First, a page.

Written on: November 3, 2020
The following appeared in the Bucks County Courier Times on Sunday November 1. We have permission to post it here.
November 1 is All Saints Day. It is a day to remember all the saints – sacred and secular, public and personal – who have gone before and shown us how to be more loving. Take a moment now to give thanks for the saints who have shown you how to love.
This year, it is also the last Sunday before election day. Regardless of which candidate wins, about 60 million Americans will be upset with another 60 million who voted differently. Tempers will flare; violence may erupt. Take a moment now to hold our country in prayer during this time of anxiety.
Abraham Lincoln is a favorite saint of mine. He is also a saint we need to heed in this time of trial.
In his First Inaugural Address, Lincoln tried to avert Civil War by appealing to “the better angels of our nature.” During the ensuing slaughter, Lincoln honored his vow: “I shall do nothing in malice. What I deal with is too vast for malicious dealing.”
In his Second Inaugural Address, Lincoln became his own braver angel. The Union was on the cusp of total victory. Yet Lincoln called for national humility and reconciliation rather than sectional humiliation and revenge. His address ended with this plea:
“With malice toward none, with charity for all, with firmness in the right as God gives us to see the right, let us strive on to finish the work we are in, to bind up the nation’s wounds, to care for him who shall have borne the battle and for his widow and his orphan, to do all which may achieve and cherish a just and lasting peace among ourselves and with all nations.”
Now, like then, is the time for malice toward none and charity for all. My faith and my patriotism compel me to answer Lincoln’s summons.
As a Christian, I believe that all people are created equal and are equally beloved by God. Genesis and the Sermon on the Mount say so. Because my enemies are also equally beloved by God, I am required to love them — no ands, ifs, or buts. I can strongly disagree with my political opponents, but I cannot hold on to hate for them personally and claim I’m a Christian.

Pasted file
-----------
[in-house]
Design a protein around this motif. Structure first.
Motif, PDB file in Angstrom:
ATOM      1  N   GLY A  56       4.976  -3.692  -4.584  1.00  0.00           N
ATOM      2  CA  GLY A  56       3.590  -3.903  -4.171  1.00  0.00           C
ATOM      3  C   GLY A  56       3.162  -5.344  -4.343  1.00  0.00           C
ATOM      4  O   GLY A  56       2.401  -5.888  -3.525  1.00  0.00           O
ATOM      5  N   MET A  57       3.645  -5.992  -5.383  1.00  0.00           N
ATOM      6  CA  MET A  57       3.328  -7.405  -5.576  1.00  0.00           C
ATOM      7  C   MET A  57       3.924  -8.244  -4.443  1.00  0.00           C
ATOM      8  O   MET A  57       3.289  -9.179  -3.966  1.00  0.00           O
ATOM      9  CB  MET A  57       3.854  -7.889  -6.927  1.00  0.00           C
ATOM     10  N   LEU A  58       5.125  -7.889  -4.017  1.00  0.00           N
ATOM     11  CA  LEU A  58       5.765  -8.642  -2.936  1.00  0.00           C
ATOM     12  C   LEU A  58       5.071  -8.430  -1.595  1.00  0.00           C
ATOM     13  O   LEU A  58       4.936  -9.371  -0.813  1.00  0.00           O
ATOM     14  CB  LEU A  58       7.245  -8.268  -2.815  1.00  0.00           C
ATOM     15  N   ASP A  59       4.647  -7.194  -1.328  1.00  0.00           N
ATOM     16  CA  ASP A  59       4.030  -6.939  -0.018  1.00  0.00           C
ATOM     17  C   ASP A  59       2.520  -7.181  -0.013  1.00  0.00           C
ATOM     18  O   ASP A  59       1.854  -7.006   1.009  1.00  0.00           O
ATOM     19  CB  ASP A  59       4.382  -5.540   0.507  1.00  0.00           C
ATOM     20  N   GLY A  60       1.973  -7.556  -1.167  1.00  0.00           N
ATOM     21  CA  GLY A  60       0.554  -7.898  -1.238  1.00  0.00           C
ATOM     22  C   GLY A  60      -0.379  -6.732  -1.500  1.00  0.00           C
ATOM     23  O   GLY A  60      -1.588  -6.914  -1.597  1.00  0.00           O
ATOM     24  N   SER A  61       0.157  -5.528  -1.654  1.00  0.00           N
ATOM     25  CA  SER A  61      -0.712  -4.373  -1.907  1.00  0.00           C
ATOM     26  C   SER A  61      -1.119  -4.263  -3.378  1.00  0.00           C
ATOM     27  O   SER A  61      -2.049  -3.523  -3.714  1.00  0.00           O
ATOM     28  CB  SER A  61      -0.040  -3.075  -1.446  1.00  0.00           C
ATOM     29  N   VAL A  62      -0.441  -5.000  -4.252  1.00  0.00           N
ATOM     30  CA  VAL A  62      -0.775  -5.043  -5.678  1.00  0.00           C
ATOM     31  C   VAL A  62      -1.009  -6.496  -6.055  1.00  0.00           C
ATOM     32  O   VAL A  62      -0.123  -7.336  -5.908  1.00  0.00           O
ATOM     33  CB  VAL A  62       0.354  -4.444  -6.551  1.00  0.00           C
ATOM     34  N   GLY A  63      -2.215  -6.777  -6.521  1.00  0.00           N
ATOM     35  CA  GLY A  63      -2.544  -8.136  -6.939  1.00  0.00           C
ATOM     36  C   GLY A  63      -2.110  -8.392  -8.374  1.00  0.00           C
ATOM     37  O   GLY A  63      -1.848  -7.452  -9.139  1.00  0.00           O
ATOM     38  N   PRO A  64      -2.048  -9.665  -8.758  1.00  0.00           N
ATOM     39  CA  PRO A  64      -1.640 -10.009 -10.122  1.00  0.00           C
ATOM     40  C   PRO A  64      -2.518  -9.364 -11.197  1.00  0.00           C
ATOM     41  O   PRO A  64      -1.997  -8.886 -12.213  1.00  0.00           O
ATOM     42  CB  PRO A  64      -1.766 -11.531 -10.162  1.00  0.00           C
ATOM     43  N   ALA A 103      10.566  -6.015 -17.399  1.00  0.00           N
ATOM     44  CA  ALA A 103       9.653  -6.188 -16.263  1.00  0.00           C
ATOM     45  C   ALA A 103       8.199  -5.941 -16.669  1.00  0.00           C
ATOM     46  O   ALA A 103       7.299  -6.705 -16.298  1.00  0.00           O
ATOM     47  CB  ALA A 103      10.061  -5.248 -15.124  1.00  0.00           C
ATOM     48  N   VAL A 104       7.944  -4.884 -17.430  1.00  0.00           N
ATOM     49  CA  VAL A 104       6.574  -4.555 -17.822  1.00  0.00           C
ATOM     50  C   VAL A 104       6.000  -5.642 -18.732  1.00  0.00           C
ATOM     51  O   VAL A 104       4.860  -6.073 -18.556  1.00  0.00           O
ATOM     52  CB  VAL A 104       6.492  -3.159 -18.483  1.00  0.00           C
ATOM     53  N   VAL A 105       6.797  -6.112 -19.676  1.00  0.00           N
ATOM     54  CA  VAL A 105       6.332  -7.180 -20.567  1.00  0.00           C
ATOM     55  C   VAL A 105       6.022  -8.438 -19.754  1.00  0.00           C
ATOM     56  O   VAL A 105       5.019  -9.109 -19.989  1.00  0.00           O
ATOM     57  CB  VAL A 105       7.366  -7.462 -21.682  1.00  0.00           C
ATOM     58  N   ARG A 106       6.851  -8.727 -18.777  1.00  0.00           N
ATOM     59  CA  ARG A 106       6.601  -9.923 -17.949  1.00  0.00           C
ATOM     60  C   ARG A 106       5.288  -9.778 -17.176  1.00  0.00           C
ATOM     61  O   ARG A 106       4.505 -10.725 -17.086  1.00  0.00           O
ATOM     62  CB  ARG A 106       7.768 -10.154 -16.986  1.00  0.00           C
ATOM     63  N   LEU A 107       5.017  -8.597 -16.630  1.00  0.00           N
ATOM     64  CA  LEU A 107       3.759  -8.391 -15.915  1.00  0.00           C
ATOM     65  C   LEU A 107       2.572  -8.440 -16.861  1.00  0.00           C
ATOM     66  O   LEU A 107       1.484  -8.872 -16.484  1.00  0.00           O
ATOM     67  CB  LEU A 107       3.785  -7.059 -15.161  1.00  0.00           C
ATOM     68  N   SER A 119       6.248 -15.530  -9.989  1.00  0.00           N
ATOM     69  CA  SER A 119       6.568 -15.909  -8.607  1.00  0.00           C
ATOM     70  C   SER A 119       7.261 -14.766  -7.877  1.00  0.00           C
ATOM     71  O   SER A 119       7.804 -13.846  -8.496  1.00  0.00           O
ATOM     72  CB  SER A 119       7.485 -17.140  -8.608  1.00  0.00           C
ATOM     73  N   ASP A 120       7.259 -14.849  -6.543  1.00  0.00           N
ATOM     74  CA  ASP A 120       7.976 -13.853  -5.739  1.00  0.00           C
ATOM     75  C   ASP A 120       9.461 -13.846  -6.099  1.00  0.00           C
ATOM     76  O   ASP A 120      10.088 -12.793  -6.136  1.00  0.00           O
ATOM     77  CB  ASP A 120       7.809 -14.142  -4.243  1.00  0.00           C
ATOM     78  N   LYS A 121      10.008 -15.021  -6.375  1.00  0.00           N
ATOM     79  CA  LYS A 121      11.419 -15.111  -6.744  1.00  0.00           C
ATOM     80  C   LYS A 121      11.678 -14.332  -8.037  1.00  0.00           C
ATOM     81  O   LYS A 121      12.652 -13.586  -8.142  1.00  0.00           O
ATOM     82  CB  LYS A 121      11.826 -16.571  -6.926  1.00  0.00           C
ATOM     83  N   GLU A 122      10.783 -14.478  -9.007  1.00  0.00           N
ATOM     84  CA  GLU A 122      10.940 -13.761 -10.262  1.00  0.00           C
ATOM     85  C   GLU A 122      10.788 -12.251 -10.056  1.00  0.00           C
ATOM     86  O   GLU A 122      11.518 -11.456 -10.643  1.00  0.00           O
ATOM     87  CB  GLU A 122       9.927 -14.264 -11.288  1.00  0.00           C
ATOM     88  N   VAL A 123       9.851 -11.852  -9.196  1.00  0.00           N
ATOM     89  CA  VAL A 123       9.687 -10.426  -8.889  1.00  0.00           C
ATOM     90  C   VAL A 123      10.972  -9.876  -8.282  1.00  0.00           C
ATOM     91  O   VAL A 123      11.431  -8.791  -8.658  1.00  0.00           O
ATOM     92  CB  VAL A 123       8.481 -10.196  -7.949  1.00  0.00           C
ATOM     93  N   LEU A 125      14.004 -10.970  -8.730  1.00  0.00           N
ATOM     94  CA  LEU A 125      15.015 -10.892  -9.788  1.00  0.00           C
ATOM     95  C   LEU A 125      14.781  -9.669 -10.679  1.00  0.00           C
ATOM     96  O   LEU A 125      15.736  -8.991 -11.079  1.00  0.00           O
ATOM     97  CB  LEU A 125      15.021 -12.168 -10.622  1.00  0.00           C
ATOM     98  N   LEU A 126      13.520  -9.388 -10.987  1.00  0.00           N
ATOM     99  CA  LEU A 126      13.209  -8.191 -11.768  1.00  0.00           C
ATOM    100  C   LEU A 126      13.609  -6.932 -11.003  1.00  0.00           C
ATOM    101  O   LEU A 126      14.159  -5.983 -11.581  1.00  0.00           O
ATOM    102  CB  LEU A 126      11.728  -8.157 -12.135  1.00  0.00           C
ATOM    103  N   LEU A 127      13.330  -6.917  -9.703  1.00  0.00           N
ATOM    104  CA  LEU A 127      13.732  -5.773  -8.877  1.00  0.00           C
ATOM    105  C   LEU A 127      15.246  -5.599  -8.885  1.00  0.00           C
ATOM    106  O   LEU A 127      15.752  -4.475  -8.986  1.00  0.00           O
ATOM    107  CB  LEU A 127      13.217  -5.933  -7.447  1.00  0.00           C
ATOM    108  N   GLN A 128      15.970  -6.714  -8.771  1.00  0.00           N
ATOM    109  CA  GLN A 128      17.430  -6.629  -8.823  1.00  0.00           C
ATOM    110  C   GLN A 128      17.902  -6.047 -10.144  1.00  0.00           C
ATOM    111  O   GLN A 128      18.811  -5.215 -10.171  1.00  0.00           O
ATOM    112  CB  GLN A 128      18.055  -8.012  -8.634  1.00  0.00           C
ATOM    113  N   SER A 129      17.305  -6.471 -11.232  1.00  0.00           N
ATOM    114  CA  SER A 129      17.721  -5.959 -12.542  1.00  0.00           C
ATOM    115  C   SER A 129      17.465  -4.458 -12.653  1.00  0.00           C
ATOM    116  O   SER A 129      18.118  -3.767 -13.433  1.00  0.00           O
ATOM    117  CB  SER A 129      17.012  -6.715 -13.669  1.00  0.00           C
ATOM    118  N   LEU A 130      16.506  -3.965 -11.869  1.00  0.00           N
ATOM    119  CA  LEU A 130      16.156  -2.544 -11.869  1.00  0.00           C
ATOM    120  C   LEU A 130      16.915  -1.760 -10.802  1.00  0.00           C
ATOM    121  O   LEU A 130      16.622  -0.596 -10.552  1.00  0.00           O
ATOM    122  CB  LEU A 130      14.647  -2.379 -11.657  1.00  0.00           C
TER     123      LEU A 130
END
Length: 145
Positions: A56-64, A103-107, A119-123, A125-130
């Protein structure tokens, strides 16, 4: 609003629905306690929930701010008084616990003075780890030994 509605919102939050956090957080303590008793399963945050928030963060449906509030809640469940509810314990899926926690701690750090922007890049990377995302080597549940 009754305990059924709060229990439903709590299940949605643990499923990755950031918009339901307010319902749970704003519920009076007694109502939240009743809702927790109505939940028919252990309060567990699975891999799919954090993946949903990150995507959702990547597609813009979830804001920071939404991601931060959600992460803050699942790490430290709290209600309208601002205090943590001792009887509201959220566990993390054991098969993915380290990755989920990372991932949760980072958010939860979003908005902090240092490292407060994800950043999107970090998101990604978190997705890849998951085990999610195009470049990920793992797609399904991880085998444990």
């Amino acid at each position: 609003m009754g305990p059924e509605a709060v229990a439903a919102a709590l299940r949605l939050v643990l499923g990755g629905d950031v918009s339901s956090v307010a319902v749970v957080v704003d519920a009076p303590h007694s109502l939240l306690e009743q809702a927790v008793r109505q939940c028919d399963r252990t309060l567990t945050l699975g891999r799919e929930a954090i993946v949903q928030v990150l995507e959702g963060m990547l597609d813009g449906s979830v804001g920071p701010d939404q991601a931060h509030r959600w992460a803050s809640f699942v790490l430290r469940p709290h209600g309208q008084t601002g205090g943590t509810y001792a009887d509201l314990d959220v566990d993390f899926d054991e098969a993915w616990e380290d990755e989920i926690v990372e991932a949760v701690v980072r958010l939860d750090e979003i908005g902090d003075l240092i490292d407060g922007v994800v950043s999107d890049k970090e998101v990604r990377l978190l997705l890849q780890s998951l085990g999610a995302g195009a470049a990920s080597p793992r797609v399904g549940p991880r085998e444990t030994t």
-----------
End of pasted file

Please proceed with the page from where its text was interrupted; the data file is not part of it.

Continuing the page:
I am also an American patriot who loves our Constitution. I believe that all people are created equal and that we are called as a nation to make that truth become ever more real. Jefferson’s Declaration of Independence, Lincoln’s Gettysburg Address, and King’s Letter from a Birmingham Jail so testify.
In our Constitution, “We, the People” sought to create “a more perfect union.”
The only way to achieve that union is to respect the dignity of our opponents. There’s nothing perfect about one side seeking to annihilate the other. Ronald Reagan got it right: “How can you love your country without loving your countrymen?”
How I intend to vote is irrelevant. I have assured my friends that I will love them and their families no matter how they vote and have asked them to return the favor. When a presidential candidate angers me, I substitute a friend’s face of my friend for that candidate’s face and I remember our bonds of mutual affection.
Given my commitments as a Christian and a citizen, I am participating in a campaign organized by Braver Angels and called With Malice Toward None. The other night I participated in a conference call of 480 Braver Angel advocates all across the country – Trump and Biden voters united in seeking mutual kindness rather than divisive contempt. At the heart of this campaign is this pledge:
“Regardless of how the election turns out, I will not hold hate, disdain, or ridicule for those who voted differently from me. Whether I am pleased or upset about the outcome, I will seek to understand the concerns and aspirations of those who voted differently and will look for opportunities to work with people with whom I disagree.”
The key word is “hold.” Most of us have strong feelings about the candidates; many of us are going to be disappointed, hurt, and angry when the results are known. The pledge is not asking us to surrender our views or come to a Kumbaya moment with our opponents; it is simply asking us to honor the dignity of every blessed person and to seek the healing our country so desperately needs. Given our shared humanity and patriotism, “We, the People” can surely find common ground.
I have signed this pledge and if you would like to join me, click here. But regardless of whether the wording of this pledge appeals to you, I ask you to look deep into the heart of your own faith and patriotism and to consider what pre-election commitment you will make to our post-election healing.
And if, perish the thought, post-election chaos arises, I urge you to join me in doing everything we can to Hold America Together.
Bob Anderson is a regular contributor to the From a Faith Perspective column in the Bucks County Courier Times. He is a member of both St. Andrew’s Episcopal Church in Yardley and Newtown Friends Meeting.